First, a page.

A handy online service allows passengers to pre-order baby supplies and have the supplies delivered to their staterooms. (See the link for Babies Travel Lite on Disney's Web site.) There is a plethora of brand-name baby products from which to choose, including diapers, baby food, infant formula and specialty travel items.
Caveat Emptor: The TV is on the bunk bed side of the privacy curtain, so watching it without keeping the kids awake is difficult. Even though it might mean more walking, consider a cabin forward or aft for less chance of hallway noise. On the flip side, consider booking not too far from elevators, especially on Dream, for quicker forays around the ship.
Norwegian Cruise Line
Why? On Norwegian Epic, spacious 506-square-foot, two-bedroom Family Villas sleep up to six passengers, and they each include a separate children's bedroom, two bathrooms, living and dining areas and a private balcony, plus access to the concierge lounge and private courtyard area. Bonus: Family Villas are close to NCL's Kid's Crew. The more affordable 216-square-foot Family Balcony staterooms and 245-square-foot Family Deluxe Balcony staterooms each feature two lower beds that convert to queens, plus one upper bed and a sofa bed. These staterooms have Epic's unusual bath design with separate enclosures for the shower and toilet, with the bathroom sink located in the room. Our advice: Splurge for the larger Family Deluxe Balcony category for more storage space, a larger shower and much-needed room to move about.
On Norwegian Jewel, Norwegian Gem, Norwegian Jade, Norwegian Pearl and Pride of America, ship designers created 30 to 33 stateroom categories, including several suites and junior suites that can connect with other staterooms to create two-, three-, four- or five-bedroom configurations suitable for families small and large. We love the 360-square-foot Family Suites (only found on Pride of America). Here you get a roomy private balcony, a living room with a double sofa bed and an entertainment center, a separate (and cozy) den with a single sofa bed, and a private bedroom with two twin beds that convert to a queen. The suite's two televisions are a nice plus.
Other Positives: Gem-class ships also offer four 460-square-foot suites, which are actually two connecting cabins that can sleep eight people and include two separate bathrooms. The larger cabin has two single beds that convert to a queen and a sitting room with a full-size sofa bed. The connected cabin features two lower single beds and two pull-down upper single beds.
Nice Touches: Every stateroom has plush beds with high-end linens, pillows and memory foam mattresses or toppers. Amenities include cribs, Pack 'n' Plays, in-room refrigerators and towel animals at turndown, plus the Cartoon Channel on stateroom TV's. Fun Nickelodeon Bedtime Kits are available on Norwegian Epic, Gem and Jewel (book online pre-cruise for a lower price). Each kit includes a cinch bag with a SpongeBob- and Nickelodeon-themed bed throw, pillowcase, flameless candle nightlight, storybook, toothbrush and cup.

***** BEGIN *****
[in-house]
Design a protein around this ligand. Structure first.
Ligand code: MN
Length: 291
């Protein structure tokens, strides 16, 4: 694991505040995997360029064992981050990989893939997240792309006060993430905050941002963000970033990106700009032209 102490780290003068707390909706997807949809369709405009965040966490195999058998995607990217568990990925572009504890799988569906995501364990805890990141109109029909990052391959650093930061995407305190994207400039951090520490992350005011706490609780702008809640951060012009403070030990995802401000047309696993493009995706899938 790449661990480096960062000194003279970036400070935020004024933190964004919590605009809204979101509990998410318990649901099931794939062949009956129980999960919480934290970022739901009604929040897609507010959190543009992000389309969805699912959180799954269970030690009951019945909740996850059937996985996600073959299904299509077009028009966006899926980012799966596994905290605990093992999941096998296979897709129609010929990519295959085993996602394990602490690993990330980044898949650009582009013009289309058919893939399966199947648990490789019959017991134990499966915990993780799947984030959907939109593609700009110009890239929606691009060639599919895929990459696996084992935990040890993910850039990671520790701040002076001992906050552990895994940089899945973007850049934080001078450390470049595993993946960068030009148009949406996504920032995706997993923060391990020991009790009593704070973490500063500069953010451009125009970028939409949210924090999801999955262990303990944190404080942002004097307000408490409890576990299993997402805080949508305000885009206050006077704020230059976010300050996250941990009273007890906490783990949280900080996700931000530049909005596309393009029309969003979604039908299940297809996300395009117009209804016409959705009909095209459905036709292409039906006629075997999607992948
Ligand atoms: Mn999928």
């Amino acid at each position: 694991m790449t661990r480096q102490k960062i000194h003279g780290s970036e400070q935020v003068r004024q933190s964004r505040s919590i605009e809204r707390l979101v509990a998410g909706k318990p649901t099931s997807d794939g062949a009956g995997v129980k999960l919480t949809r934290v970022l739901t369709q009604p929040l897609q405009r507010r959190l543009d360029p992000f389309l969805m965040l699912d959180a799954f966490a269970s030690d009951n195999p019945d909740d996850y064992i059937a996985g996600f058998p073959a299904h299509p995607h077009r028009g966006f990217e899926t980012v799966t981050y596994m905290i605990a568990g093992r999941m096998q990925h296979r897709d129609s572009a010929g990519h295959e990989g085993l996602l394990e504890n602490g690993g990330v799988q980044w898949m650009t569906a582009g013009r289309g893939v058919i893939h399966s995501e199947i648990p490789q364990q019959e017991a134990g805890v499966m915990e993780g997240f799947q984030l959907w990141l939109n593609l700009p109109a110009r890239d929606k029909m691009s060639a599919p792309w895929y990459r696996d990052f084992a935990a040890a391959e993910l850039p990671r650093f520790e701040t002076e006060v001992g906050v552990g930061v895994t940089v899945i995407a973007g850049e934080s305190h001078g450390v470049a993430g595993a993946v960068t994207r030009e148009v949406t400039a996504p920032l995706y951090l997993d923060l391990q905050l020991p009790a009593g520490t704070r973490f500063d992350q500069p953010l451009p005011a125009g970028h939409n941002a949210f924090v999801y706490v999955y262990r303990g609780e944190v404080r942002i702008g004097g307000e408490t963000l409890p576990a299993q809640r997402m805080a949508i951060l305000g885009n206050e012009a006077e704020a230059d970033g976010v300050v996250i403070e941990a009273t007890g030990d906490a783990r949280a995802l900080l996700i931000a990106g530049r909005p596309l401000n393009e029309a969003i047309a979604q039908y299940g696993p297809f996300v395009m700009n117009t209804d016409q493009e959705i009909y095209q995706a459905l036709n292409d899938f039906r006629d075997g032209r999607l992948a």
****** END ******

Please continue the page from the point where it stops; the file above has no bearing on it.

Caveat Emptor: Norwegian's cabin categories can be difficult to decipher given the numerous possible combinations. Be sure to check floor plans on Norwegian's Web site to determine the best configuration for your family. Epic's bathroom design offers pluses and minuses for families: While separating the commode and shower on opposite sides of the entryway makes it easy for one family member to shower while another uses the toilet, the semitransparent doors offer limited privacy, and the sink's location -- across from the main bed -- makes for noisy night hand-washing.
Why?P&O's family-friendly ships -- Aurora, Oceana, Ventura and Azura -- have plenty of cabins to accommodate families, albeit some are on the small side. Standard staterooms vary in size from a snug 160 square feet to 230 square feet, and third and fourth beds fold down from the ceiling or out of the wall. For roomier accommodations, book either a Mini Suite (approximately 325 square feet) or a Suite (around 535 square feet), each with two lower beds that convert to a king, a bathroom with a shower above a whirlpool bath, a DVD player and a balcony with a table and reclining chairs. In the larger suite, there's a separate bedroom with two lower beds.
Larger families (up to six) fit nicely in Azura's and Ventura's two 700-square-foot Family Suites. Each has a twin/double bedroom area, an adjoining inside cabin with an additional four beds, a lounge and a large balcony, plus the added benefit of personal butler service.
Other positives: Ask about "Family Savers" rates for your preferred dates. These rates offer substantial savings for children ages 16 and younger, including some sailings in which children sail for free; they're available on Aurora, Oceana, Ventura and Azura.
Nice Touches: Mineral water, a fruit basket and chocolates await passengers on arrival. Use the room's atlas and binoculars to talk geography and spot islands with kids. Bathrobes and slippers are available for adults, and children are offered balloons and beds covered in pink or blue duvet covers.
Caveat Emptor: Unlike those on Princess, most P&O cabins include an additional third and fourth bed -- however, stateroom sizes are a bit cozy in the lower cabin categories, so be sure to check floor plans before booking. Note: P&O's Adonia, Arcadia and Oriana are the fleet's adult-orientated ships.